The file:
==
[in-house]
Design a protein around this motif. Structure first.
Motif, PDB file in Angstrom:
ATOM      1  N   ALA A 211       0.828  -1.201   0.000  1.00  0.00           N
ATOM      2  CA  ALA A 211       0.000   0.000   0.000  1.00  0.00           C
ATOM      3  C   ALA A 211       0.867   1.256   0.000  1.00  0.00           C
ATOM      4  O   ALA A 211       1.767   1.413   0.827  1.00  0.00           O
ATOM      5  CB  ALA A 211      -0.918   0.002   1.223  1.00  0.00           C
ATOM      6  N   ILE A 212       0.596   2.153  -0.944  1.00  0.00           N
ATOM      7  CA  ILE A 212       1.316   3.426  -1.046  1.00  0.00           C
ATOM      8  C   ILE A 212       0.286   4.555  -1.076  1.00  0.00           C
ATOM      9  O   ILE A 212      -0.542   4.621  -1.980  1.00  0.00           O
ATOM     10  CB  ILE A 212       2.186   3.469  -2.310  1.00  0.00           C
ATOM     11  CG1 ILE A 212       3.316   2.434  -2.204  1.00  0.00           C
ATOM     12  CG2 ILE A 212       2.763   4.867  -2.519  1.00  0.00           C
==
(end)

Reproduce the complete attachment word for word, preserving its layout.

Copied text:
[in-house]
Design a protein around this motif. Structure first.
Motif, PDB file in Angstrom:
ATOM      1  N   ALA A 211       0.828  -1.201   0.000  1.00  0.00           N
ATOM      2  CA  ALA A 211       0.000   0.000   0.000  1.00  0.00           C
ATOM      3  C   ALA A 211       0.867   1.256   0.000  1.00  0.00           C
ATOM      4  O   ALA A 211       1.767   1.413   0.827  1.00  0.00           O
ATOM      5  CB  ALA A 211      -0.918   0.002   1.223  1.00  0.00           C
ATOM      6  N   ILE A 212       0.596   2.153  -0.944  1.00  0.00           N
ATOM      7  CA  ILE A 212       1.316   3.426  -1.046  1.00  0.00           C
ATOM      8  C   ILE A 212       0.286   4.555  -1.076  1.00  0.00           C
ATOM      9  O   ILE A 212      -0.542   4.621  -1.980  1.00  0.00           O
ATOM     10  CB  ILE A 212       2.186   3.469  -2.310  1.00  0.00           C
ATOM     11  CG1 ILE A 212       3.316   2.434  -2.204  1.00  0.00           C
ATOM     12  CG2 ILE A 212       2.763   4.867  -2.519  1.00  0.00           C